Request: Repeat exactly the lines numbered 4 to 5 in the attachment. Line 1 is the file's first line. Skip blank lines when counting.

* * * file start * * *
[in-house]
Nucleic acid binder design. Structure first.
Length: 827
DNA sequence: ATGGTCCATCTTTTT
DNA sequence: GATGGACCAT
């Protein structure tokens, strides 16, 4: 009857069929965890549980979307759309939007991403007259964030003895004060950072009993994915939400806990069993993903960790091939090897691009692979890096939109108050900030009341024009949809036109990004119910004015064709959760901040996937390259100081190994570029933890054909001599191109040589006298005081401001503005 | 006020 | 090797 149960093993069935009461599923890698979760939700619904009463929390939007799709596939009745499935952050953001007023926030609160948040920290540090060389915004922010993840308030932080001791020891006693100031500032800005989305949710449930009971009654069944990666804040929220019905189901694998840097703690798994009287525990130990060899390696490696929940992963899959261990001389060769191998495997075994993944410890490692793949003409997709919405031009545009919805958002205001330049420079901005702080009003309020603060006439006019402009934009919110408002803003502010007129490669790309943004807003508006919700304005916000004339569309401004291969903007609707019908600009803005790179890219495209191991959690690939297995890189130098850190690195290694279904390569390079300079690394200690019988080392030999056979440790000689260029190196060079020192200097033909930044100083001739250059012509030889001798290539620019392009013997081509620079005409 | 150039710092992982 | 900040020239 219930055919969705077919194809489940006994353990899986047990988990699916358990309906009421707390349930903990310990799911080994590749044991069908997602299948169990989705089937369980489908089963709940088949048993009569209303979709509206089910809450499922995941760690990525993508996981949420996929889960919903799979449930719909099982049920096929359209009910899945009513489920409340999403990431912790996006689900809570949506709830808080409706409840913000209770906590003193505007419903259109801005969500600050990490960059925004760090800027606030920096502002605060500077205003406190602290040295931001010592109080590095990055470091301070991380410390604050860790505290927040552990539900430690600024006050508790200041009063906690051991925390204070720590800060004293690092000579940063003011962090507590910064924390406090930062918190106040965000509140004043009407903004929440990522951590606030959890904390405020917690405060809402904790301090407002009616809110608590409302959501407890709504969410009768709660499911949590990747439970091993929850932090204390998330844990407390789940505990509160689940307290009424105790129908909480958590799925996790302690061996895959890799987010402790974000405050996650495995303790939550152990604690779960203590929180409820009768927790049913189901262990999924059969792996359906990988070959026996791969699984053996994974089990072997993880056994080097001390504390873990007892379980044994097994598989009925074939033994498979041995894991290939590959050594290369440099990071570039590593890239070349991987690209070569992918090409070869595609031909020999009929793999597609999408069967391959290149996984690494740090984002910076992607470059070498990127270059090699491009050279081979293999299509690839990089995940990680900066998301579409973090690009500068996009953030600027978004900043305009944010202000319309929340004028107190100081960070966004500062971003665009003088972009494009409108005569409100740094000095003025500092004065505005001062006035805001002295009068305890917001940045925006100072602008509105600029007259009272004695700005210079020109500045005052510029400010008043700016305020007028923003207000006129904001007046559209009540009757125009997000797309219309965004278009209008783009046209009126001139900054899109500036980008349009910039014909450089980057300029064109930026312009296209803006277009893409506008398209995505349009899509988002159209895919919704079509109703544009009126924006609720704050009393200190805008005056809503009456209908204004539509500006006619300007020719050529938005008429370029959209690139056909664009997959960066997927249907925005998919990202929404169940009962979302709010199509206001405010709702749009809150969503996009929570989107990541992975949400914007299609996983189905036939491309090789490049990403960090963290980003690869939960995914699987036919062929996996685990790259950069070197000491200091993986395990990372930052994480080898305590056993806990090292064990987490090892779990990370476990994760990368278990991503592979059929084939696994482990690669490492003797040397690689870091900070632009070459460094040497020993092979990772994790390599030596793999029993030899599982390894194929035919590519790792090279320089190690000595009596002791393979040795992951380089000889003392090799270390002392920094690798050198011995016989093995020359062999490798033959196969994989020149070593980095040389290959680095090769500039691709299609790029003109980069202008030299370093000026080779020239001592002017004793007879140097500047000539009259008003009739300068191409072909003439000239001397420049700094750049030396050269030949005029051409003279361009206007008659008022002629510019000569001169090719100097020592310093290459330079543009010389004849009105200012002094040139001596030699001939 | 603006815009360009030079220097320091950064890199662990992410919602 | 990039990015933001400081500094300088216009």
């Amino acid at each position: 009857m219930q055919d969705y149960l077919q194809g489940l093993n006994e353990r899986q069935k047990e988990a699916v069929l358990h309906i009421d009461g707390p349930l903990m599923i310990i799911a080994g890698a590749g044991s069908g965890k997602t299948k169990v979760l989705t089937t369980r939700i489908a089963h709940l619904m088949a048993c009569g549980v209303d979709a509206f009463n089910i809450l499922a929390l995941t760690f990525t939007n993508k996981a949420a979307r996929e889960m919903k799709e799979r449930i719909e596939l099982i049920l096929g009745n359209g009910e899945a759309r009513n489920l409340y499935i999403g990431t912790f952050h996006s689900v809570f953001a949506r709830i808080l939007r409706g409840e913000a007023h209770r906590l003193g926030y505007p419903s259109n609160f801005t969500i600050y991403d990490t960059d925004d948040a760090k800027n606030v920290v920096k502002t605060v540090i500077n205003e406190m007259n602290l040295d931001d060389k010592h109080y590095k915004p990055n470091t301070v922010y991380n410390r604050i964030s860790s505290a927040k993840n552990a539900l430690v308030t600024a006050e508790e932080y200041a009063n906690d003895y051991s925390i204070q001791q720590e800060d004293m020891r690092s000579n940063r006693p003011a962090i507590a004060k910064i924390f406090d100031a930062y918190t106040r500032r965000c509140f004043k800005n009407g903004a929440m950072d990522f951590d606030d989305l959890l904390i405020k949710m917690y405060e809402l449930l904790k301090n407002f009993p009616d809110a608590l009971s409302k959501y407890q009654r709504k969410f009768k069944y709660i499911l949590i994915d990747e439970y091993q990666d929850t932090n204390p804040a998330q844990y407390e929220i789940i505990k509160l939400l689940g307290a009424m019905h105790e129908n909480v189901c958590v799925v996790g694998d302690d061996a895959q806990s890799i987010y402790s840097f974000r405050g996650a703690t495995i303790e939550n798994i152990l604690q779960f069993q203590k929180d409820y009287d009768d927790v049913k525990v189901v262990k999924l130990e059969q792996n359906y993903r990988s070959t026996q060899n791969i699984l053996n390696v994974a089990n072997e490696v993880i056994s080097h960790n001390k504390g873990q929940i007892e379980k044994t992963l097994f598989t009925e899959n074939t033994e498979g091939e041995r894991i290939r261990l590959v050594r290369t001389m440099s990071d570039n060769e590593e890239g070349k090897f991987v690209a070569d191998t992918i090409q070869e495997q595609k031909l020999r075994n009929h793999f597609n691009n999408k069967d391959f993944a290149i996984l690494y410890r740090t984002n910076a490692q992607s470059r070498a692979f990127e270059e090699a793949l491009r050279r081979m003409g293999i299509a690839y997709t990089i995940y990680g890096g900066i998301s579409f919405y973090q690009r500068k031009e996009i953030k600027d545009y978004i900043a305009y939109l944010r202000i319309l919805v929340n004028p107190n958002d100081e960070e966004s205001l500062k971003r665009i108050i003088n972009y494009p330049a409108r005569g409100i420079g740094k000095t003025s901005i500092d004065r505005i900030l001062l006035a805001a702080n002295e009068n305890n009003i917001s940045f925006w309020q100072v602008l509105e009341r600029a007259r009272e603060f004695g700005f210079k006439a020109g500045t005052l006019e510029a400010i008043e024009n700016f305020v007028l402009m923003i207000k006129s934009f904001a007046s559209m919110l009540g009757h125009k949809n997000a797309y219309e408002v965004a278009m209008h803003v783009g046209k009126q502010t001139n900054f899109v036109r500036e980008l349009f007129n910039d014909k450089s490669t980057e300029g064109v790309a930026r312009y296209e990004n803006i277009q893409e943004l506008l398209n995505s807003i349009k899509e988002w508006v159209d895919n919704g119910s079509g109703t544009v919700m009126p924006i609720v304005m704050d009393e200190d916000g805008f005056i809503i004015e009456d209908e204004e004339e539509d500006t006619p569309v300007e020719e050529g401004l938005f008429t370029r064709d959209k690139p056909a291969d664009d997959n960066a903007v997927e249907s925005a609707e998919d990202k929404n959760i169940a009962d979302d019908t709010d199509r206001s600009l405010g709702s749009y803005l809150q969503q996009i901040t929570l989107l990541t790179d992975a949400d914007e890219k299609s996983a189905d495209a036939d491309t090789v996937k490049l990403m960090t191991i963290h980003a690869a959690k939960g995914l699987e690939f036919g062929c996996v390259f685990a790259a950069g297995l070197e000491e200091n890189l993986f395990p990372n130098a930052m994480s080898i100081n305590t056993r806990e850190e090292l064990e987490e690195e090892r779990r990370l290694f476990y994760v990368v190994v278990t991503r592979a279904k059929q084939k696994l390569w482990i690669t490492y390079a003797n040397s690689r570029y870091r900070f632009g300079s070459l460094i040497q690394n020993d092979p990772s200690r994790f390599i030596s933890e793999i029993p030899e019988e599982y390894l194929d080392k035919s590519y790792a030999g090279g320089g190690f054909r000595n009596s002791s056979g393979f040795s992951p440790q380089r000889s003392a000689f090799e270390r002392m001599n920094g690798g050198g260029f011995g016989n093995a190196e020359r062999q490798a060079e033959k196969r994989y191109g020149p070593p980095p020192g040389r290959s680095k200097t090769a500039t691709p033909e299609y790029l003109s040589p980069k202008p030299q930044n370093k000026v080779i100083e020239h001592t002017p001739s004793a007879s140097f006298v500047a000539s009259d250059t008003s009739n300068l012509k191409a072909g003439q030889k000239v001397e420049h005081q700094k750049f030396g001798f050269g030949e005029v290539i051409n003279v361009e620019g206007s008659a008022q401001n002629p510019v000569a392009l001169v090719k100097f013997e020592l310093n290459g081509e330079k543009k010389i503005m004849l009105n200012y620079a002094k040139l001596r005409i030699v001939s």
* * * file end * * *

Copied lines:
DNA sequence: ATGGTCCATCTTTTT
DNA sequence: GATGGACCAT